I am looking into investing in a single family home that would be under $40k which I would buy in cash in an area where this can rent for approximately $800 a month. I intend to do this for more than one house over time but ideally would start with one house. It wouldn't be much of a rehab, rather just fixing whatever needs to be fixed (maybe a new AC unit, heater, things like that), cosmetic improvements (probably new paint, maybe carpet, etc) so this wouldn't significantly raise the value of the house above the purchase price.
I would then want to do a cash our refi to get at least some of the money out (maybe as low as 50% even would be worthwhile for me or as high as 80%). I would then be holding the house longterm for rental income. My understanding is that this isn't exactly an attractive loan to most banks / credit unions so I have been researching a bit about real estate investment bankers and am wondering if this is likely my best option or would it be worth trying to talk to some local banks or credit unions? My concern around this is that I wouldn't be living in the area, although I will be out there sometimes so I could meet with them in person with no issues but I still wouldn't be a full-time resident of the area. Any advice is greatly appreciated.
Updated about 1 month ago
EDIT: When I say real estate investment bankers I think this is also similar to a portfolio lender.
@James Elden At these numbers I'd strongly consider going PM. You could continue searching for banks and credit unions but I wouldn't waste my time. Someone around you has to be willing to lend you $40K. Hopefully you have the cash to complete the rehab.
The issue here is the ARV. Better research that number really well before you start making offers and buying property. It ways heavy on a future appraisal and refinance to conventional loan.
@Jaron Walling ok thanks I will look more into private money lenders. In my case, the house may be livable when I buy it, so I wouldn't be putting that much money into it or raising the ARV by much, I do have cash reserves to complete any repairs that would be needed though. The house value would likely never rise much above $40,000, I'm buying this purely for long-term rental income, so per my understanding a conventional refi may never be possible unless I'm misunderstanding something. The houses I'm looking at are ones that have never really had a history of appreciation.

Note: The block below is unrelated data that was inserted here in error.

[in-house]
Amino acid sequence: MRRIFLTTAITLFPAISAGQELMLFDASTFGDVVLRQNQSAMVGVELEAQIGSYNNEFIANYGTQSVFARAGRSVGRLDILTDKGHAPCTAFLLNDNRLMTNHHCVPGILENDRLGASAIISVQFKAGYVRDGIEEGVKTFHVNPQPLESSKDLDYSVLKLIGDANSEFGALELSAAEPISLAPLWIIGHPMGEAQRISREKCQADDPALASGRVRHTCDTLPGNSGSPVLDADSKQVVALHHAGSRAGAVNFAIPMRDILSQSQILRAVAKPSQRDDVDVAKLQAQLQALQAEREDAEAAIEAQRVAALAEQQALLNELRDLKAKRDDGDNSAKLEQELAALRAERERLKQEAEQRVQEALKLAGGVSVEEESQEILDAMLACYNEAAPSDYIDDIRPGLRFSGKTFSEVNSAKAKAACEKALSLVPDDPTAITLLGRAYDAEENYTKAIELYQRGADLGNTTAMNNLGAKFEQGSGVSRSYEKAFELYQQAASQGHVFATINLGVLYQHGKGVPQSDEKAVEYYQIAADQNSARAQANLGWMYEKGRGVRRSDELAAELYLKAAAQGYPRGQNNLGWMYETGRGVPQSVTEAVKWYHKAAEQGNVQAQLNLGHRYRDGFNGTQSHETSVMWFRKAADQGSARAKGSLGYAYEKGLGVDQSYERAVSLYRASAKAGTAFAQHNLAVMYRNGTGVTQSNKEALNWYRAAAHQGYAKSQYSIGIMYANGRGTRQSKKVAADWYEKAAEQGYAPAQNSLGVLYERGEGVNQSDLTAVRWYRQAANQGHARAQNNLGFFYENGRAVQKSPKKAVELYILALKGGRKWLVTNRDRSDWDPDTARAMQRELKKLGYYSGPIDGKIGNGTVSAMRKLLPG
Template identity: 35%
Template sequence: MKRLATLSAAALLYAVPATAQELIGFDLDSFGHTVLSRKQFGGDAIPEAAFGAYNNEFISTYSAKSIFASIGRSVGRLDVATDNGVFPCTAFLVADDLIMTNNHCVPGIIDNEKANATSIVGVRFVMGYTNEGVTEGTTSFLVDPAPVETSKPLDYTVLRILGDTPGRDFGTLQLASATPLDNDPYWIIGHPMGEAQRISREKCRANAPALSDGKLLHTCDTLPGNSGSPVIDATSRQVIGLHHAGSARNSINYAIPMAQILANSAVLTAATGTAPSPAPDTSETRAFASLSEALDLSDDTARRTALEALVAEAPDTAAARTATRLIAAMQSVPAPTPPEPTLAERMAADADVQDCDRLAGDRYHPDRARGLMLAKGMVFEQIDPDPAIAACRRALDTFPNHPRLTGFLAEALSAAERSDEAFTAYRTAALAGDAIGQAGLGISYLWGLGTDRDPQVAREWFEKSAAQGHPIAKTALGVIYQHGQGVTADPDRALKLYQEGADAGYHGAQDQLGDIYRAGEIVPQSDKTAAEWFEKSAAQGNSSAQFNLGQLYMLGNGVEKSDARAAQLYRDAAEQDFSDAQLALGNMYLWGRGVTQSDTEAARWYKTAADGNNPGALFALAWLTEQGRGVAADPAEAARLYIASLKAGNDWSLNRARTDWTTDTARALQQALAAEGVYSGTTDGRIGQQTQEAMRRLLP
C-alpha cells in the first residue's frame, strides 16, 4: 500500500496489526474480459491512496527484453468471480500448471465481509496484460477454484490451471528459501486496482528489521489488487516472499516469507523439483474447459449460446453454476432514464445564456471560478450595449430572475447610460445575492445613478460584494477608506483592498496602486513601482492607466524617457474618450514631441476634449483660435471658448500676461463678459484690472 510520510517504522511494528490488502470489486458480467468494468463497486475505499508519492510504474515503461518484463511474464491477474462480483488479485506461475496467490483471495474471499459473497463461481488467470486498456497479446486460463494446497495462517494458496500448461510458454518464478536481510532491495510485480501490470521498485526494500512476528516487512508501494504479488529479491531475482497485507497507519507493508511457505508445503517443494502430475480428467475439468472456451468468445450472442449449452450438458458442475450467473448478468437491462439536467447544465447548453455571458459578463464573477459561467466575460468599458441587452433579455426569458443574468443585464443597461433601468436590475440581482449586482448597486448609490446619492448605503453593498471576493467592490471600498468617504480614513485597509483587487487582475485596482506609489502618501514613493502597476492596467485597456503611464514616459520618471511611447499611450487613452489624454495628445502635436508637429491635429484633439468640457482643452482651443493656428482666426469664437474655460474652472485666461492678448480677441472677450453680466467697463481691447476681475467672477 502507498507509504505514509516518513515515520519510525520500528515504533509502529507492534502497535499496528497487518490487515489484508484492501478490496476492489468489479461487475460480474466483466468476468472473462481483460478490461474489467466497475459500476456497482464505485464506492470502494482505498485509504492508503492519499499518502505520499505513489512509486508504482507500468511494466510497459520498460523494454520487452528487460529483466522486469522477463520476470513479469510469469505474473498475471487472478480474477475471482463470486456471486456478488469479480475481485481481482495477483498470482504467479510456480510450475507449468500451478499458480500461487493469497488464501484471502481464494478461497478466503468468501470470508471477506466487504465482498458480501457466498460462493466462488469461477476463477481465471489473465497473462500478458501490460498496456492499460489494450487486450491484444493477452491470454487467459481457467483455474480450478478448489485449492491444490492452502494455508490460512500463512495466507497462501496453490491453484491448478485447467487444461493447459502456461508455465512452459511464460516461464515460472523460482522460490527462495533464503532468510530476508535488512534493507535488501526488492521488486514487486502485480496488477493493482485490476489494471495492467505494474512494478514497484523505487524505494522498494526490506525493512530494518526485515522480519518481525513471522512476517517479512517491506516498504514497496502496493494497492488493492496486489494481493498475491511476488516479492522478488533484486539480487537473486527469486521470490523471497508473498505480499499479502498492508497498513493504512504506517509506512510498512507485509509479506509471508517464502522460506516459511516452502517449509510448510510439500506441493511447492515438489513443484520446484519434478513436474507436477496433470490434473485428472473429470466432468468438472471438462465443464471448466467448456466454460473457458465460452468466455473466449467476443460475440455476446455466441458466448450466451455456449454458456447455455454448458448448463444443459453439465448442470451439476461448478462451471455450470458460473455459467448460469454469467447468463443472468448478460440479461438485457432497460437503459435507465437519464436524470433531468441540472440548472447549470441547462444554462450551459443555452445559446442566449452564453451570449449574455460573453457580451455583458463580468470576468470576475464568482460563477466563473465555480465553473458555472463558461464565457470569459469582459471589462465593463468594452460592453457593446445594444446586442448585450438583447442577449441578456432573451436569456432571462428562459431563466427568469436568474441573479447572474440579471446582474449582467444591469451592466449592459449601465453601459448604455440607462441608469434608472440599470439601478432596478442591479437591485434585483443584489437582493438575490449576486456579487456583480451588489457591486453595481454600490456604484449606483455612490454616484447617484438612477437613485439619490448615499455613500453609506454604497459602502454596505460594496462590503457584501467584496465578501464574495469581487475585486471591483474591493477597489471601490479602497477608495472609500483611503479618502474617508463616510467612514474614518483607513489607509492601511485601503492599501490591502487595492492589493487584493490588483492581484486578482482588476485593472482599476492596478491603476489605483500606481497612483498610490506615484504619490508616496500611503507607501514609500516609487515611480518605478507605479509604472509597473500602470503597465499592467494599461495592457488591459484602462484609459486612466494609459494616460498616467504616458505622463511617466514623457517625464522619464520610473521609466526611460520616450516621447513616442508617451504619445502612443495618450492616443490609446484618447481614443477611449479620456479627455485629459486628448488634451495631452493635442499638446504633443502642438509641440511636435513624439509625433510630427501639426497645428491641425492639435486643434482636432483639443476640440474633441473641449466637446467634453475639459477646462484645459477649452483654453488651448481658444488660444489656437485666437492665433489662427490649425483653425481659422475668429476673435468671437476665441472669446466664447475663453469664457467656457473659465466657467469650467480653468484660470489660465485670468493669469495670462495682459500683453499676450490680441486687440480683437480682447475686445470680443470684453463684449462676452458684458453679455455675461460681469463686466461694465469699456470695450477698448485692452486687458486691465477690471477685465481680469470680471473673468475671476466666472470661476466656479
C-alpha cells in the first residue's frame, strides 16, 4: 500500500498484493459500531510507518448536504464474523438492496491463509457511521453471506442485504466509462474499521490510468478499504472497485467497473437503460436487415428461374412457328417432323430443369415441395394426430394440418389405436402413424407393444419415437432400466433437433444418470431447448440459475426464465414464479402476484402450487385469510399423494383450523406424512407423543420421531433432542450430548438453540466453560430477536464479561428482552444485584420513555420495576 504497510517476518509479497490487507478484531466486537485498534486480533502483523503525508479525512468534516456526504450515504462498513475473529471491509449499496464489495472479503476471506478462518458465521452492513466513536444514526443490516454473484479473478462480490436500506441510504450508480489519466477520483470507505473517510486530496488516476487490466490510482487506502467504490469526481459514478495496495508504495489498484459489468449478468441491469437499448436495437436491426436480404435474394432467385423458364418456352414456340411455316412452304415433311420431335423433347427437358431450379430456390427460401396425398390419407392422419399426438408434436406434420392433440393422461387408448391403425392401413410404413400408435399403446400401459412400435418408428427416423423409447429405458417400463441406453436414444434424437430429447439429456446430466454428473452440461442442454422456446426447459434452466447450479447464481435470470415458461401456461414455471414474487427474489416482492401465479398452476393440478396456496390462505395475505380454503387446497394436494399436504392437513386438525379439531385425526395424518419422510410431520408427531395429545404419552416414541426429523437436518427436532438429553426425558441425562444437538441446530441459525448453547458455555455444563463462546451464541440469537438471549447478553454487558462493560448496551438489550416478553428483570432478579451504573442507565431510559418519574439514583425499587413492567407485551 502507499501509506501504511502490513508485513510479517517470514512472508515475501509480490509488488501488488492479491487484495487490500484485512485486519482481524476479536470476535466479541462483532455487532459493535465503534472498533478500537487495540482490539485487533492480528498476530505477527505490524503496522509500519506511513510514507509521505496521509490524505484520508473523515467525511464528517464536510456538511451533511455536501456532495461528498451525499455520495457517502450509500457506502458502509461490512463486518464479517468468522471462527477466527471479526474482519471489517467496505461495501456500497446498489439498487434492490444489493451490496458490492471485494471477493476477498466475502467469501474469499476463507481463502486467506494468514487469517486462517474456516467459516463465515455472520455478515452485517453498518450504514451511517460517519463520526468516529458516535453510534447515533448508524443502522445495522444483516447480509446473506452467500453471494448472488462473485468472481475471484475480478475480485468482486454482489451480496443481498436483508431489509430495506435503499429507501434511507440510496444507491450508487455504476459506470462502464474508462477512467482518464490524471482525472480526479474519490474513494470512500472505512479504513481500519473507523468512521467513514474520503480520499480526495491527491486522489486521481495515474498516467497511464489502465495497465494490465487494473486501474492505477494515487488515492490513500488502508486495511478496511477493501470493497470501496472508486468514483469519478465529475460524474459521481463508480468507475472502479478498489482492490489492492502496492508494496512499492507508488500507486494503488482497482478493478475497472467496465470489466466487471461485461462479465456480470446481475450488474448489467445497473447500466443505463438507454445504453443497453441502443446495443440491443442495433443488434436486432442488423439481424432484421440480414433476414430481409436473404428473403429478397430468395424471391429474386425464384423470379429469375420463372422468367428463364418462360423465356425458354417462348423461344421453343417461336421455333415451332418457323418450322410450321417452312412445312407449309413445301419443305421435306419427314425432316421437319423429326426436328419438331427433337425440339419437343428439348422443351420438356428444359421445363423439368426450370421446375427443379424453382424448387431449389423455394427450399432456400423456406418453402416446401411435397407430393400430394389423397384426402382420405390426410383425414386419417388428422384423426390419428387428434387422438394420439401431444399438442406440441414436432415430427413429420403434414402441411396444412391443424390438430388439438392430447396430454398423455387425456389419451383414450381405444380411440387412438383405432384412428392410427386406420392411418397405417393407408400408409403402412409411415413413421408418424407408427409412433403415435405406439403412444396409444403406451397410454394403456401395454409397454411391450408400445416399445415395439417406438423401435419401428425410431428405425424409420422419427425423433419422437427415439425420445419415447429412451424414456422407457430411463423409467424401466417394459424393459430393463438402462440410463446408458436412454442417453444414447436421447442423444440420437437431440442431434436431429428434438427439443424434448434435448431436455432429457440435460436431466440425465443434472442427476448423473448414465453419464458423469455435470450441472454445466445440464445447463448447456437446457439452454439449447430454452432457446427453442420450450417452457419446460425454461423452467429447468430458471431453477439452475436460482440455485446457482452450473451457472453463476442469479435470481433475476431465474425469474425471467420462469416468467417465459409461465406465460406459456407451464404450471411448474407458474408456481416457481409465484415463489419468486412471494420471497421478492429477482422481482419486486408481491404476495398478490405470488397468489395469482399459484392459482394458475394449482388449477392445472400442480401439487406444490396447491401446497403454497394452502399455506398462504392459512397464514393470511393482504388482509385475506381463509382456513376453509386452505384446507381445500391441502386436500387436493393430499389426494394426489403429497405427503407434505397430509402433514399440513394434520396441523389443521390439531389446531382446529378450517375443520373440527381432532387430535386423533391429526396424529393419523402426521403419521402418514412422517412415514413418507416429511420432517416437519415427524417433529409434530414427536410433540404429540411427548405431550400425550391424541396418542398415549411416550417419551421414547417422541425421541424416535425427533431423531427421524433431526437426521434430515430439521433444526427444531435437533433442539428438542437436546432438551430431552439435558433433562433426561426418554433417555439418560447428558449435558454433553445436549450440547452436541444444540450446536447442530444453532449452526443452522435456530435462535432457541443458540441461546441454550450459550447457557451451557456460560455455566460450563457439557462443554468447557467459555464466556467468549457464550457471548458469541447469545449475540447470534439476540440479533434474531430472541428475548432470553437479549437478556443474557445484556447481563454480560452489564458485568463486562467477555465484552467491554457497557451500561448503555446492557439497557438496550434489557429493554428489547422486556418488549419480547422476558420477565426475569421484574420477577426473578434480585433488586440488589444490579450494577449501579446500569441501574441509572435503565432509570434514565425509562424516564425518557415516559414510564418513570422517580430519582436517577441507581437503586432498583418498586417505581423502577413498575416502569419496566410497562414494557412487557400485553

Hey @James Elden one private money lender I have connection to will go as low as $50,000 for the loan amount. I don't personally know of any lender currently that can go lower than that however.
Other than private money, you may find a credit union that is willing to do these low loan amounts. Banks, Bankers, and Brokers cant do these deals because of the limits that are put on them through regulations. The regs say that the most a lender can charge is 5% on these deals for part of the closing costs. 5% would be $2000 dollars, so they cant get all the closing costs in these deals with that small amount that can be charged.
Credit unions are regulated differently and can do deals of this nature, however some wont do it as it is non-profitable from the time spent on the deal versus what they make. Some will do it. So call all the credit unions in your area and see who will and who wont?
I hope this helps?
@Jason Shackleton ok thanks, I have come across one lender so far also who had this as their lowest amount, interesting. One other question that this led me to have is would something like a portfolio loan ever be an option if, for example, I bought 2 or 3 $40k houses so the total value of the three of them combined was over $100k? This may be a possibility for me as well. Thanks.
@Kevin Romines thanks, from some research my understanding is that I would need a non-QM loan or some credit unions could do a regular QM loan for this amount?
@James Elden that is a good question. The lender I am considering does do portfolio loans. Would they look at your volume and add it up to an amount they would lend on? very possibly. We would have to take a further look at the deals etc. They also have a unique LOC option that could work for you if you meet that criteria.
@James Elden I think I would probably secure some business capital (business lines of credit) and then connect with a good HML that can do a portfolio loan on a group at a time as one individually would be too low.
Hard money can be a good solution, however it is the long term financing that is the question regarding the low loan amounts. The hard money that I work with, also has long term financing available at some great rates, however 99% of hard money doesn't have those options available.
You must nail down your long term financing 1st before you do anything. Then proceed with whatever method you will buy and rehab the properties secondly.
I keep saying it, and I'll say it again, it is a credit union that you are most likely to find the long term financing. Ask the question of any hard money that you talk to, however expect to find that they don't have long term options with the vast majority of hard money.